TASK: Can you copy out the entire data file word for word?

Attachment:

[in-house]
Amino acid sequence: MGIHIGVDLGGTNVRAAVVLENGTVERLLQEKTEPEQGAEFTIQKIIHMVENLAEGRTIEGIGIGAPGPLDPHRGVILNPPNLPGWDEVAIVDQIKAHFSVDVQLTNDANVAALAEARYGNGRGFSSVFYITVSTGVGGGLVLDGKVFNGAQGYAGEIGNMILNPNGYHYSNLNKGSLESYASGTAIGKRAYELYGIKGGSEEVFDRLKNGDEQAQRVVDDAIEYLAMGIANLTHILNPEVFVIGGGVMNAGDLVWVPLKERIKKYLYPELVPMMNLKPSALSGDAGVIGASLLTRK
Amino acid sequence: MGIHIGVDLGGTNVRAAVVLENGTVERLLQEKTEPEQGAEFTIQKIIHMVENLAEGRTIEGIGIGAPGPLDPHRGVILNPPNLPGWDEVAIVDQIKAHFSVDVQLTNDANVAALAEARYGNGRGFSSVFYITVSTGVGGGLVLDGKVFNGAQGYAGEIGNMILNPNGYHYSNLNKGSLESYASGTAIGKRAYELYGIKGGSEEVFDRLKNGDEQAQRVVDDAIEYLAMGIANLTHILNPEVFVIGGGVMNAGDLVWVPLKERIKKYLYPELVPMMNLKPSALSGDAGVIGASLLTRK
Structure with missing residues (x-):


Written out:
[in-house]
Amino acid sequence: MGIHIGVDLGGTNVRAAVVLENGTVERLLQEKTEPEQGAEFTIQKIIHMVENLAEGRTIEGIGIGAPGPLDPHRGVILNPPNLPGWDEVAIVDQIKAHFSVDVQLTNDANVAALAEARYGNGRGFSSVFYITVSTGVGGGLVLDGKVFNGAQGYAGEIGNMILNPNGYHYSNLNKGSLESYASGTAIGKRAYELYGIKGGSEEVFDRLKNGDEQAQRVVDDAIEYLAMGIANLTHILNPEVFVIGGGVMNAGDLVWVPLKERIKKYLYPELVPMMNLKPSALSGDAGVIGASLLTRK
Amino acid sequence: MGIHIGVDLGGTNVRAAVVLENGTVERLLQEKTEPEQGAEFTIQKIIHMVENLAEGRTIEGIGIGAPGPLDPHRGVILNPPNLPGWDEVAIVDQIKAHFSVDVQLTNDANVAALAEARYGNGRGFSSVFYITVSTGVGGGLVLDGKVFNGAQGYAGEIGNMILNPNGYHYSNLNKGSLESYASGTAIGKRAYELYGIKGGSEEVFDRLKNGDEQAQRVVDDAIEYLAMGIANLTHILNPEVFVIGGGVMNAGDLVWVPLKERIKKYLYPELVPMMNLKPSALSGDAGVIGASLLTRK
Structure with missing residues (x-):